tie dye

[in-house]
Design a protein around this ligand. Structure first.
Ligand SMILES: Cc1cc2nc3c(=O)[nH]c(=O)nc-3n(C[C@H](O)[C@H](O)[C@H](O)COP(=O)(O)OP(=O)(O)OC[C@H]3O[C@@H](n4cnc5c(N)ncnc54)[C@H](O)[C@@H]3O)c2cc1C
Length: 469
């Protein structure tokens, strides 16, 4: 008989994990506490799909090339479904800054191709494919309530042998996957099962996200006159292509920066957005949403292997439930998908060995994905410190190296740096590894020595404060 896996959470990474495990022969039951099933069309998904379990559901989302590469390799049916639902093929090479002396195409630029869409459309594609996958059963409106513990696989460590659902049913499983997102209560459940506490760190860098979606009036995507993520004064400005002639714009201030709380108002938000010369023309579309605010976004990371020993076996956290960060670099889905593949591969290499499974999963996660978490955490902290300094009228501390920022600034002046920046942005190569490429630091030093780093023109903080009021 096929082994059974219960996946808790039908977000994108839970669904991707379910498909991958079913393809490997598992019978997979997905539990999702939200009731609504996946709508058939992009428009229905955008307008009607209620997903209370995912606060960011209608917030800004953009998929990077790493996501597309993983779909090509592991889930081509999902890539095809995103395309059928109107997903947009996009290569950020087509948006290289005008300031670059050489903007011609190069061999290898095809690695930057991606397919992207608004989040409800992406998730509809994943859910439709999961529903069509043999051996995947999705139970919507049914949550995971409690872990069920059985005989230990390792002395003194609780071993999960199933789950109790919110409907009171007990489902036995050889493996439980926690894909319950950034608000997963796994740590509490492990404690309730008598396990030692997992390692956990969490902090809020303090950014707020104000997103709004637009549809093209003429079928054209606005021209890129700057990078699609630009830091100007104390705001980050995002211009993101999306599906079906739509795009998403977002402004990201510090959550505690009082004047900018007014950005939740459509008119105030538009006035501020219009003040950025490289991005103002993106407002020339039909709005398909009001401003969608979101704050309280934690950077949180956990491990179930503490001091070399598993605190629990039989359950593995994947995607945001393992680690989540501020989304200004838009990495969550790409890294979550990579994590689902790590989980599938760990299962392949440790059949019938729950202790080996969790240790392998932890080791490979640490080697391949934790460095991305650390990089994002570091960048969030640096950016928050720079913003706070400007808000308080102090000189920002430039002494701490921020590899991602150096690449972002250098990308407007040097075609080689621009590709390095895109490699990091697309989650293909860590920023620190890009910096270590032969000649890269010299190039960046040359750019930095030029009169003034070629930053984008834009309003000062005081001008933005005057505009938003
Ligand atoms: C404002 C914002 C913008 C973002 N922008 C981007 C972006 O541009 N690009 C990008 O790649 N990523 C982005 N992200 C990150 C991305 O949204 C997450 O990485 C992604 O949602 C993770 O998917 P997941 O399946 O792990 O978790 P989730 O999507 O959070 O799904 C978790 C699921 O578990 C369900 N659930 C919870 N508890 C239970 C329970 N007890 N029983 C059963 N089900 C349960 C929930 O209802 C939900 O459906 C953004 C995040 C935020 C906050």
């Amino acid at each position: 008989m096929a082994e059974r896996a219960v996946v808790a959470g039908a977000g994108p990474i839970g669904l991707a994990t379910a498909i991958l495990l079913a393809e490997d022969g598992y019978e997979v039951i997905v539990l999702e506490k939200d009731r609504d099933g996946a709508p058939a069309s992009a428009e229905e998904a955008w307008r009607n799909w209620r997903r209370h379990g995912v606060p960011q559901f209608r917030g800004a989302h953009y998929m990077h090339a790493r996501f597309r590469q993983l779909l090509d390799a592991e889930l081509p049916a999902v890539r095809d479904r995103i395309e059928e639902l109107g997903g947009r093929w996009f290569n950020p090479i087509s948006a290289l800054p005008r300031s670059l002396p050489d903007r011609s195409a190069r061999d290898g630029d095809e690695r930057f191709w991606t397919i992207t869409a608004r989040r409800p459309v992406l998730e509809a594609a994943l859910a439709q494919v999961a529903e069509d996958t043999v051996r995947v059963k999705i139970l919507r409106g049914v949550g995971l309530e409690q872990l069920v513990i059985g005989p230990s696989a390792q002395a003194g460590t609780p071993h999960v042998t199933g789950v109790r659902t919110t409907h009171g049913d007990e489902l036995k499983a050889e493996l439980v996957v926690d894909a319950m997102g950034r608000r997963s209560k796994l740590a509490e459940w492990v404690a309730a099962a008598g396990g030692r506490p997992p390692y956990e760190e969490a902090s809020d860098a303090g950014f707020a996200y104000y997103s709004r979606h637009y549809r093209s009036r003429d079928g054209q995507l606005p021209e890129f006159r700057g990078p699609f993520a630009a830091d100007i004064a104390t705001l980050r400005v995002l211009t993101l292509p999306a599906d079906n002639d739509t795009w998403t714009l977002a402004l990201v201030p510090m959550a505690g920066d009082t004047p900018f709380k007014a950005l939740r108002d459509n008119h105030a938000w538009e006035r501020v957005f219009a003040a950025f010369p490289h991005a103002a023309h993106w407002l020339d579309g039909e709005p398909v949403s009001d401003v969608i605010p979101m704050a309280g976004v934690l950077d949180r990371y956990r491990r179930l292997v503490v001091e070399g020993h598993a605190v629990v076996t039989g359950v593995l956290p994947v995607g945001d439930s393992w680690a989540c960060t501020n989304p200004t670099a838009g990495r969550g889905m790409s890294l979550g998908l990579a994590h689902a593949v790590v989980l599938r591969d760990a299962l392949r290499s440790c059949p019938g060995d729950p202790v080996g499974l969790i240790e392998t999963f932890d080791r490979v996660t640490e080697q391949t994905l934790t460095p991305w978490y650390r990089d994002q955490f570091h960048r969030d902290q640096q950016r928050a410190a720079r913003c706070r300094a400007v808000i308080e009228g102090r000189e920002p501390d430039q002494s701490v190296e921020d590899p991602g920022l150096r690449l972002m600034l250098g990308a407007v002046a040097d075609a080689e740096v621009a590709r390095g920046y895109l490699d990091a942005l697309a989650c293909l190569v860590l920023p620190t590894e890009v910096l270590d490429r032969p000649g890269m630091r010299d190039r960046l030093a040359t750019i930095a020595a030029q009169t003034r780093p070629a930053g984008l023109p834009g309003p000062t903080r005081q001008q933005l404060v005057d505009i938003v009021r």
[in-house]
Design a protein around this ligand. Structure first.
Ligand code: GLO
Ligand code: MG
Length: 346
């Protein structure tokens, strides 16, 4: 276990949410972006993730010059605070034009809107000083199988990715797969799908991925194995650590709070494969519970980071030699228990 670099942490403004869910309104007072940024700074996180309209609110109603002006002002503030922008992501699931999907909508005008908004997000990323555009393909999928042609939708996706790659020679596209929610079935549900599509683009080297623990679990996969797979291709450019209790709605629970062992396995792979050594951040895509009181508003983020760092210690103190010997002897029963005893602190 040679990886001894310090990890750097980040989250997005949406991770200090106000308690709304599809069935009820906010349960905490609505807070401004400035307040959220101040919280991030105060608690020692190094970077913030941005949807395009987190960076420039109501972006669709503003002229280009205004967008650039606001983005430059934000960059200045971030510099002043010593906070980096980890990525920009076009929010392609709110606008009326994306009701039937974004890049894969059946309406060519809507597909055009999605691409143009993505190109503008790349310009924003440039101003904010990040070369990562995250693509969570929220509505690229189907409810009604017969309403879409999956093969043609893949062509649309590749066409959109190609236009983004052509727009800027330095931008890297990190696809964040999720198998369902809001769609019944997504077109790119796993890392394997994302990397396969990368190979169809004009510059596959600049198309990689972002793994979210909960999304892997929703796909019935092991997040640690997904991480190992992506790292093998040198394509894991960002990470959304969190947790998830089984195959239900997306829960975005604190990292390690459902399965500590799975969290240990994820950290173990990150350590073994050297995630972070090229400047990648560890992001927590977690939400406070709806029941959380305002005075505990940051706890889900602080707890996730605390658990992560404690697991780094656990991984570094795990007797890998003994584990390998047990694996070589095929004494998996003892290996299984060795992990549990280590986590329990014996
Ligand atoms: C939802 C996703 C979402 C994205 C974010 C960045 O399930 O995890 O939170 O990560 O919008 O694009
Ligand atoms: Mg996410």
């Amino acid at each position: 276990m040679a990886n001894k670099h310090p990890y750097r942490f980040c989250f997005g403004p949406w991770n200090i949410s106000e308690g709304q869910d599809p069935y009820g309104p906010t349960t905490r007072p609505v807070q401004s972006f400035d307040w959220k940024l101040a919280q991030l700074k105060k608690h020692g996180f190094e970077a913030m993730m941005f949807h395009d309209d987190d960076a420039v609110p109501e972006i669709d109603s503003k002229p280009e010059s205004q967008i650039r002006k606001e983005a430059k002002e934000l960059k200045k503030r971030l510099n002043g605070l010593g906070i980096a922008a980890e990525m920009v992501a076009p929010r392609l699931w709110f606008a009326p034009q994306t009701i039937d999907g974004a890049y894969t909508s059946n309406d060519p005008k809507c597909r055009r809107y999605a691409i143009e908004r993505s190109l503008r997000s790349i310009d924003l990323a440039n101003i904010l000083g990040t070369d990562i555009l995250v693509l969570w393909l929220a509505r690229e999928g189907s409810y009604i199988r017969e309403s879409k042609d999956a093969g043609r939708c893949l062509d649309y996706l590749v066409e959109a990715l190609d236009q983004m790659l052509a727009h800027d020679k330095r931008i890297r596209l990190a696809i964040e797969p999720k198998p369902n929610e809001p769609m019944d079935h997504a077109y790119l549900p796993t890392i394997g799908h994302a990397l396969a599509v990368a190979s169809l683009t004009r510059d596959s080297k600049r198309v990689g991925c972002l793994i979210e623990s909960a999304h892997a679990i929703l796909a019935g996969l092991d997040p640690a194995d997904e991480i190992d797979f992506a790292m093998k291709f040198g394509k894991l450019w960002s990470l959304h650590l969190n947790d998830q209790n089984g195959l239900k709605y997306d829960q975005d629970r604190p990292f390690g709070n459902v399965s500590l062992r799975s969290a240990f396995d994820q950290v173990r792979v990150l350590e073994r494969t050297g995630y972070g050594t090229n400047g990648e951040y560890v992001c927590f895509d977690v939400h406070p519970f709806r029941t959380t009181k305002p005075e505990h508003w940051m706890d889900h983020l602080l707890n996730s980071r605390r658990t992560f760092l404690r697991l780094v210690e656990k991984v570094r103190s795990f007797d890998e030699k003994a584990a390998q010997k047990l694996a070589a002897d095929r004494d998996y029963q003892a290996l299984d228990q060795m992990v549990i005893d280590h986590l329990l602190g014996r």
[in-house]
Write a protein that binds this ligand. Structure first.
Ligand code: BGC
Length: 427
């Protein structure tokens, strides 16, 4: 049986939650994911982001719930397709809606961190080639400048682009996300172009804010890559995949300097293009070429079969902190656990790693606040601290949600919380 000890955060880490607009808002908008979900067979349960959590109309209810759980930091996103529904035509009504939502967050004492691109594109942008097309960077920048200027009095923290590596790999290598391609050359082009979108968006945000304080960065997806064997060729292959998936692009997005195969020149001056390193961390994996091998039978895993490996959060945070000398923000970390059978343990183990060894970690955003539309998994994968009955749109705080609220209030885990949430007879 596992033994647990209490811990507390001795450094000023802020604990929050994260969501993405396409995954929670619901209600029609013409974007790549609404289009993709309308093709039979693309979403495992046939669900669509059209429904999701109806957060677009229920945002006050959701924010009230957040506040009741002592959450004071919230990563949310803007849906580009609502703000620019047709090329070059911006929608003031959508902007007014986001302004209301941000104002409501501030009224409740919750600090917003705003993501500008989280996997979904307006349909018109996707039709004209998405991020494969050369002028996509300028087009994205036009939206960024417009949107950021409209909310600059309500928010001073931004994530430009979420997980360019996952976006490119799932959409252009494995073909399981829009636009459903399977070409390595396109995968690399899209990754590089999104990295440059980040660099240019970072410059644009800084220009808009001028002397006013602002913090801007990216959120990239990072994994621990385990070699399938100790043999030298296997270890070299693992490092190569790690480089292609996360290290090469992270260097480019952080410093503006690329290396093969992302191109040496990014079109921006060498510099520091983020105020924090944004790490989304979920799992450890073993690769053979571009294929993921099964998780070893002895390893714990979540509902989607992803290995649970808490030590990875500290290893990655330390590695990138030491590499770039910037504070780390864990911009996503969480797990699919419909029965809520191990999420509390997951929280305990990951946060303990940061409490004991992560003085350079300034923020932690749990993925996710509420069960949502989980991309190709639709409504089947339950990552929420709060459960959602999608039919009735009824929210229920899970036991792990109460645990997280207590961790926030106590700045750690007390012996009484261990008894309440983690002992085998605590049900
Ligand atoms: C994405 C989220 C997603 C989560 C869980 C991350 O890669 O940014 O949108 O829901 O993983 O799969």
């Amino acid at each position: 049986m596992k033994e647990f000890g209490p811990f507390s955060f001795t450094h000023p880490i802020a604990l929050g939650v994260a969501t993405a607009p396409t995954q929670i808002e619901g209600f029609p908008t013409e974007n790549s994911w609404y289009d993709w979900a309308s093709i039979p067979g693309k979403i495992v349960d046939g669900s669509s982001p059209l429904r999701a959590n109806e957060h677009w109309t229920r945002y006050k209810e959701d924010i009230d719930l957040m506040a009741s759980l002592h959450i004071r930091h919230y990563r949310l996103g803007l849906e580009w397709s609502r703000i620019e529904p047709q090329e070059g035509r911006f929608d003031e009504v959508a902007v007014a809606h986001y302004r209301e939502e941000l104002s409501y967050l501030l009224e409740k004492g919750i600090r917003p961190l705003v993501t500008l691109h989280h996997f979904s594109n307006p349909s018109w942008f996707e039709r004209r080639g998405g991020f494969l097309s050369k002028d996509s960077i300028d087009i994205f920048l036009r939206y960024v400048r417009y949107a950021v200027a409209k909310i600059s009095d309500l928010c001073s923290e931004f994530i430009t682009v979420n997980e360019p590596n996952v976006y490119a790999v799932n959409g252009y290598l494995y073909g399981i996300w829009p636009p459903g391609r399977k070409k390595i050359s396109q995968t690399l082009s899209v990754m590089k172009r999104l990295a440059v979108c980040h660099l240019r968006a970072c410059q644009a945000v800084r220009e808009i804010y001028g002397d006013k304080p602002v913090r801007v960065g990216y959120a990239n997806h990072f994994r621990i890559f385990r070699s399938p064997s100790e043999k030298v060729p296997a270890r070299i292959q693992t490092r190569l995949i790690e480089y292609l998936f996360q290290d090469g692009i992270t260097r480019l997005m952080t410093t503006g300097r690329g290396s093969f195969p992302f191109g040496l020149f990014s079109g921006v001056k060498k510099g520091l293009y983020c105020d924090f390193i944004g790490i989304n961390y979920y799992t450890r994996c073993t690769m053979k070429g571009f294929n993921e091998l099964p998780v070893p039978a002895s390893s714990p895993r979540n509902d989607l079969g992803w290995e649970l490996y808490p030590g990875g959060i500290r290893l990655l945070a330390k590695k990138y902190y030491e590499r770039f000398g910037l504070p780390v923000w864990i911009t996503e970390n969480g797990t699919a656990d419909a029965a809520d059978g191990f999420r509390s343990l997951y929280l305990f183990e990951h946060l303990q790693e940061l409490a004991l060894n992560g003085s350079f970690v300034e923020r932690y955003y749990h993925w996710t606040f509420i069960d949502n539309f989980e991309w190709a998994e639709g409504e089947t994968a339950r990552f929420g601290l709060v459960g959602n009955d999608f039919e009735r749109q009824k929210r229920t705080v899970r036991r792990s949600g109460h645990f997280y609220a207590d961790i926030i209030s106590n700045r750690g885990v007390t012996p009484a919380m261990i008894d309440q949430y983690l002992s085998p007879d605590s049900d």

Tie-dye is an ancient resist-dye technique found in South Sumatra, Java, Bali, Sulawesi and South Kalimantan.   Like many other textile techniques found in Indonesia, tie dye was probably introduced by Indian traders who brought Indian tie-dyed fabrics ("bandhani") to the region. The generic Malay-Indonesian name for this technique is "pelangi" meaning rainbow. A related method of tying and dyeing is called "tritik" in which the resist-dye pattern is stitched into the cloth with needle and thread. The East Indies Museum has many examples of tie-dyed textiles, particularly from South Sumatra and Bali. The collection also includes some very fine examples of the tritik technique found on some Central Javanese court textiles known as "kemben".  Finally, the collection features some rare 6-meter tritik waist-wraps ("bengkung Jawa") in rich, natural-dye reds that were worn by Javanese and Chinese-Peranakan women for binding the mid-section during the traditional 44-day postpartum confinement period. 

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